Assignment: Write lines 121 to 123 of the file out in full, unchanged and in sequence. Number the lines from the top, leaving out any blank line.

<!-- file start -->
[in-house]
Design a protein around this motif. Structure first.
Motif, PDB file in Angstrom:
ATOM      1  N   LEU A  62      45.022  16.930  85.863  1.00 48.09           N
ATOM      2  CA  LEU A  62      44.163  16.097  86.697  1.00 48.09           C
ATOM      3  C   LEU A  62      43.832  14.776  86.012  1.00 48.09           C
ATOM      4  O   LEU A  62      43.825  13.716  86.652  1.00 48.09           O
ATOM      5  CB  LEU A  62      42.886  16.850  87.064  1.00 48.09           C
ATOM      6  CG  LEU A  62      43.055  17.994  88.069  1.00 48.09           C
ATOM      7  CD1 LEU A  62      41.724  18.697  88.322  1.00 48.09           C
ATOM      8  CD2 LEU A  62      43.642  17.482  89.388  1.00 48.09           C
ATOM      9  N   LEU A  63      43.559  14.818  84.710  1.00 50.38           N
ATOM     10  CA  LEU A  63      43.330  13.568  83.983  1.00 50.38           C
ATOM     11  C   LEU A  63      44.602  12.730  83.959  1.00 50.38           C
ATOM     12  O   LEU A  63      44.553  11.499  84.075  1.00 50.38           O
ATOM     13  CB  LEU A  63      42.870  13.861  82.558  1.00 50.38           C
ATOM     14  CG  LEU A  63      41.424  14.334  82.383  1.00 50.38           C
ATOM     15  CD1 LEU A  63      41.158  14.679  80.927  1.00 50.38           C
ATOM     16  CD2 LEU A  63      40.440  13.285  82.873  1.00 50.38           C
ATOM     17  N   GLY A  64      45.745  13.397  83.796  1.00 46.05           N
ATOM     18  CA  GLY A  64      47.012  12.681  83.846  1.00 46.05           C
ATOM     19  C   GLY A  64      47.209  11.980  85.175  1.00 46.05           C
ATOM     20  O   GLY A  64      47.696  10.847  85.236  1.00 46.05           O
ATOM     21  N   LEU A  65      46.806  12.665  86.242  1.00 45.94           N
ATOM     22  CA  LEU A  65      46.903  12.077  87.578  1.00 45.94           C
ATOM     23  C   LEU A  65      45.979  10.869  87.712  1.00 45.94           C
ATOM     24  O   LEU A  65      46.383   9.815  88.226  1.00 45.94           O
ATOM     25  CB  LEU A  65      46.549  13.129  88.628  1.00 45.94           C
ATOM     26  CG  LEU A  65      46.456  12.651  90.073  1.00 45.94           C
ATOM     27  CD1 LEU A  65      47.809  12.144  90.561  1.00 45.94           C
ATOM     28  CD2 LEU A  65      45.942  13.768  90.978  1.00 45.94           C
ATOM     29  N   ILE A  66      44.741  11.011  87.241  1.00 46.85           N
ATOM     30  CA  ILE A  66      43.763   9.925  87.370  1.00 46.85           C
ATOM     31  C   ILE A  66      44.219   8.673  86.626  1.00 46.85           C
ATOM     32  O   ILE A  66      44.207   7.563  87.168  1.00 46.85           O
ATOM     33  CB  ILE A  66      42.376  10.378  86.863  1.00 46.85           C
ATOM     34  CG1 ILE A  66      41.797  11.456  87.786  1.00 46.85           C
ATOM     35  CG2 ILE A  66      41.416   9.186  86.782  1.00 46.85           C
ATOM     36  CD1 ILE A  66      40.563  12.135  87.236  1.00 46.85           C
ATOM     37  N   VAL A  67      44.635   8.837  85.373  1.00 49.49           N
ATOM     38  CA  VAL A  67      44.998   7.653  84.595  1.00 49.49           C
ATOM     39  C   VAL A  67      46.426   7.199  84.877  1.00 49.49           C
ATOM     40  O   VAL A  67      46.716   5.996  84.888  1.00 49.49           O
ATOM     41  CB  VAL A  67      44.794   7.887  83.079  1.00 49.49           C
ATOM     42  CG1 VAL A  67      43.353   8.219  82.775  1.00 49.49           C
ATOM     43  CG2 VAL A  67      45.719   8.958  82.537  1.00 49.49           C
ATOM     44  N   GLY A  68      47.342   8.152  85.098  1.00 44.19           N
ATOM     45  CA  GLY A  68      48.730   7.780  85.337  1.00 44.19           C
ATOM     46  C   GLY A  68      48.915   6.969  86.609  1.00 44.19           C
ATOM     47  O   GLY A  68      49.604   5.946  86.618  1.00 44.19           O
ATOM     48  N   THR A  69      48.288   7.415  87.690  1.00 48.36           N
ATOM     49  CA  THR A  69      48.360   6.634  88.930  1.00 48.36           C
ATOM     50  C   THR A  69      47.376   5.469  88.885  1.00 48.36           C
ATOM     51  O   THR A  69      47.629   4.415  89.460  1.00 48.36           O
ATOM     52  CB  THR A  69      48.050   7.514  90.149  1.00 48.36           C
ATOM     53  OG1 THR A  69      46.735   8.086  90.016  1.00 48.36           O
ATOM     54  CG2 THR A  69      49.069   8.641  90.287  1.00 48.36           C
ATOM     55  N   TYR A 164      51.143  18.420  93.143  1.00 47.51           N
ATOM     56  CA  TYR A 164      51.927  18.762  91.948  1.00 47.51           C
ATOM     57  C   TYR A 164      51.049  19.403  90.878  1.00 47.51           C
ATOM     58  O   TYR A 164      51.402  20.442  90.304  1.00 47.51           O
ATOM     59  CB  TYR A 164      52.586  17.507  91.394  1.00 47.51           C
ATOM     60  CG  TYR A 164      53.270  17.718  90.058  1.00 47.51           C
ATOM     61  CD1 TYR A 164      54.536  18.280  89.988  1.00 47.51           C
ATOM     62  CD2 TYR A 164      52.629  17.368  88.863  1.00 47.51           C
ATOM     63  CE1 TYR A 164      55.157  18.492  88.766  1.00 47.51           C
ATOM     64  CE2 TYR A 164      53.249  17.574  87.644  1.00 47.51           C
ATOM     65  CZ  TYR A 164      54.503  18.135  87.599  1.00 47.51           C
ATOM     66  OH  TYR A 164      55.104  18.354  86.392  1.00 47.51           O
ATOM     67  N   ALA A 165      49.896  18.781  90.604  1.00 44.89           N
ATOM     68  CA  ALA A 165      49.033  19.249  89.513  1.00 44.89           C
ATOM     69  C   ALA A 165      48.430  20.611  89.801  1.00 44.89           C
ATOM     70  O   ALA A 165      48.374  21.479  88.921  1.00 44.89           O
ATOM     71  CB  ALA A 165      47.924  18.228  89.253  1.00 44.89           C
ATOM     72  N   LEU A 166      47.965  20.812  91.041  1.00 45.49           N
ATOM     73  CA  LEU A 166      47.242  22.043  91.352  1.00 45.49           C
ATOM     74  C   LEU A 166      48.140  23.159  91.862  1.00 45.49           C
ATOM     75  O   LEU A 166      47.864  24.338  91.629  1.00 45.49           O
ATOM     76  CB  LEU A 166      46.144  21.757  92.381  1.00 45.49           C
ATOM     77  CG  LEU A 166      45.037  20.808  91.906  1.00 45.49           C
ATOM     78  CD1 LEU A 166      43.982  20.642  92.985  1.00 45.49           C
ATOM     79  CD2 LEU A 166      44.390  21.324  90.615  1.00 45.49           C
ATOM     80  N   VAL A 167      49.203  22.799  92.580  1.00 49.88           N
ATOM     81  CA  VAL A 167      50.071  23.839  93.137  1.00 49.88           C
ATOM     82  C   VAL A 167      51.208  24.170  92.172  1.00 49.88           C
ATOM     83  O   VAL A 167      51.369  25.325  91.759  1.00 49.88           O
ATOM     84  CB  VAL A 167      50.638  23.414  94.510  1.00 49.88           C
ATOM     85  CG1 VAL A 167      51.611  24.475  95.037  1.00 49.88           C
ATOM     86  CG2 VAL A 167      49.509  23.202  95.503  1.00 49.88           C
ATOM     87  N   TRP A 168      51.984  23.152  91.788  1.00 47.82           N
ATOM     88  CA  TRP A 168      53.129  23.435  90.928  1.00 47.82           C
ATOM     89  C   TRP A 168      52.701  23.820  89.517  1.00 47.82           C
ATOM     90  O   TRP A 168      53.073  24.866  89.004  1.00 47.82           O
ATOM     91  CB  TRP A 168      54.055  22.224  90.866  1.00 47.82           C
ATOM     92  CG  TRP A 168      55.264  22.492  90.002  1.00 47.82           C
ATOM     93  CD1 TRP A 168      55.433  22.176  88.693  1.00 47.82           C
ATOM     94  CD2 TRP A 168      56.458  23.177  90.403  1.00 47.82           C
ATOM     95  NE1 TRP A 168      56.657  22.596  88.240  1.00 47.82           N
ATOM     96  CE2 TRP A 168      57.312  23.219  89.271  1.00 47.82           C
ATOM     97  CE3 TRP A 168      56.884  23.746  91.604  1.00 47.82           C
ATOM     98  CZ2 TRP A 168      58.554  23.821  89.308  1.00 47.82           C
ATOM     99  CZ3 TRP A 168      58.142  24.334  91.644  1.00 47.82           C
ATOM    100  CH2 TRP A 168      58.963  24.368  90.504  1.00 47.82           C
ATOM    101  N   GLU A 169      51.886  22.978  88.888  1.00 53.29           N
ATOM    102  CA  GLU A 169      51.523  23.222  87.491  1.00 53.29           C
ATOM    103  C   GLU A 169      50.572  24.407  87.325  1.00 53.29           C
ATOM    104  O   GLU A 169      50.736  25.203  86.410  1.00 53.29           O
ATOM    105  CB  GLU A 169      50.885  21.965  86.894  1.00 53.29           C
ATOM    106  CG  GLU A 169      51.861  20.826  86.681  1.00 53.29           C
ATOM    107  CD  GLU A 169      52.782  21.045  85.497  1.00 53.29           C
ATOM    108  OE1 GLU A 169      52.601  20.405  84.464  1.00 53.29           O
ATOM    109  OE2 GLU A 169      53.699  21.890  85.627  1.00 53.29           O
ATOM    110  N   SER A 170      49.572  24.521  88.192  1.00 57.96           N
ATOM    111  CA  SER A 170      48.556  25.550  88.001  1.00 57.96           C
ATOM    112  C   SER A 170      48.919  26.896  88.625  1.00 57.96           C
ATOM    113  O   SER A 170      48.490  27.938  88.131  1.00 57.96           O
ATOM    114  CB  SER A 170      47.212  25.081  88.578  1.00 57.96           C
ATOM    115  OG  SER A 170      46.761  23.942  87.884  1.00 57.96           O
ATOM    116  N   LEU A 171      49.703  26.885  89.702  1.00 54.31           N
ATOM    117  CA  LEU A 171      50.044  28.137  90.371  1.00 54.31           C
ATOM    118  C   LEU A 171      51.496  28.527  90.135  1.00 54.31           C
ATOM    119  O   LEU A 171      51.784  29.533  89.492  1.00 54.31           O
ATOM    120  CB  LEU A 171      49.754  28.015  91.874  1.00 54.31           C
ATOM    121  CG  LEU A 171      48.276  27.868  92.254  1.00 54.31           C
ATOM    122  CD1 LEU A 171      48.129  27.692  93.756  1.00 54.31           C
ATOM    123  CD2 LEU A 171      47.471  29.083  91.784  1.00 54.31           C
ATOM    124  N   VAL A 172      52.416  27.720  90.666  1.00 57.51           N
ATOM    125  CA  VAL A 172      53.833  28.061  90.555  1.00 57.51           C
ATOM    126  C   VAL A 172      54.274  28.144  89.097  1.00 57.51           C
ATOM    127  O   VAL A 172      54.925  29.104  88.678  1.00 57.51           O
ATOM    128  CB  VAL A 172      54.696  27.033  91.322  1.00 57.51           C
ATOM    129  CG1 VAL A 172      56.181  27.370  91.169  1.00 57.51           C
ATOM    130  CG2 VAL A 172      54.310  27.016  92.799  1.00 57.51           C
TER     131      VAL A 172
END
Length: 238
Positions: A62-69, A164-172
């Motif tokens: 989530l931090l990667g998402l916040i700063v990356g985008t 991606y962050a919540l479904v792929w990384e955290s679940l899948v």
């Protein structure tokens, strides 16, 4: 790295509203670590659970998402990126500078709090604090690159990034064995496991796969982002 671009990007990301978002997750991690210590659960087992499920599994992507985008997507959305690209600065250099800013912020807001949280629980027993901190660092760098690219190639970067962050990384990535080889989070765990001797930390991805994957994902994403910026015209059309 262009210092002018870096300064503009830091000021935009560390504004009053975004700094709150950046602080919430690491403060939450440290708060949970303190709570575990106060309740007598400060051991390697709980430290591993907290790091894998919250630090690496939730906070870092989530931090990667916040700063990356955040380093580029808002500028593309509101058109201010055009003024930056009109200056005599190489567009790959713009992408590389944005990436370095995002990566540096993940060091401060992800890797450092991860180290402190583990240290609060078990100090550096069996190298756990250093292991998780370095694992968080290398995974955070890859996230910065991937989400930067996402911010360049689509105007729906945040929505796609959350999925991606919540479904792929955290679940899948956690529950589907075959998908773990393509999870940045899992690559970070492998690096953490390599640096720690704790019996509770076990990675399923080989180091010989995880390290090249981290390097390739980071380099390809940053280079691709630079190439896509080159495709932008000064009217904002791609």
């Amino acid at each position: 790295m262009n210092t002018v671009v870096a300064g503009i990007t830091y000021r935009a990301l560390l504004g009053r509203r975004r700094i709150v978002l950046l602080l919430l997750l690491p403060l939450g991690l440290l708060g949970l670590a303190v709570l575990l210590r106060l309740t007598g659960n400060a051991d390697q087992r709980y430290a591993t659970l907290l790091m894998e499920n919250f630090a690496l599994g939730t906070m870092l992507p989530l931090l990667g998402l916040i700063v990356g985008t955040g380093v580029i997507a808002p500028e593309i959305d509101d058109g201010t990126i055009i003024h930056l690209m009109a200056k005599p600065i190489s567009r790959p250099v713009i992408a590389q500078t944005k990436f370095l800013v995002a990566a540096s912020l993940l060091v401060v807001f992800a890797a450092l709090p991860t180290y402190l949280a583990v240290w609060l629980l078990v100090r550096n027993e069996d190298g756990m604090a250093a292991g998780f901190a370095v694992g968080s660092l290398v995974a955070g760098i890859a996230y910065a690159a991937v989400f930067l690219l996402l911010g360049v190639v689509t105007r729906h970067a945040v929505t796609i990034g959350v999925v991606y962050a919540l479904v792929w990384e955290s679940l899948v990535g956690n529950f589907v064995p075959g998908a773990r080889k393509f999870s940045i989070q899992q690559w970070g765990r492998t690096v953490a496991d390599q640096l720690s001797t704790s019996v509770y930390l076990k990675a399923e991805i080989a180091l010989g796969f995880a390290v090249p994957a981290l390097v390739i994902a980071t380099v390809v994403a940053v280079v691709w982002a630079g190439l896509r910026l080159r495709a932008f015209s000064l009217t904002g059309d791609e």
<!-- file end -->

ATOM    118  C   LEU A 171      51.496  28.527  90.135  1.00 54.31           C
ATOM    119  O   LEU A 171      51.784  29.533  89.492  1.00 54.31           O
ATOM    120  CB  LEU A 171      49.754  28.015  91.874  1.00 54.31           C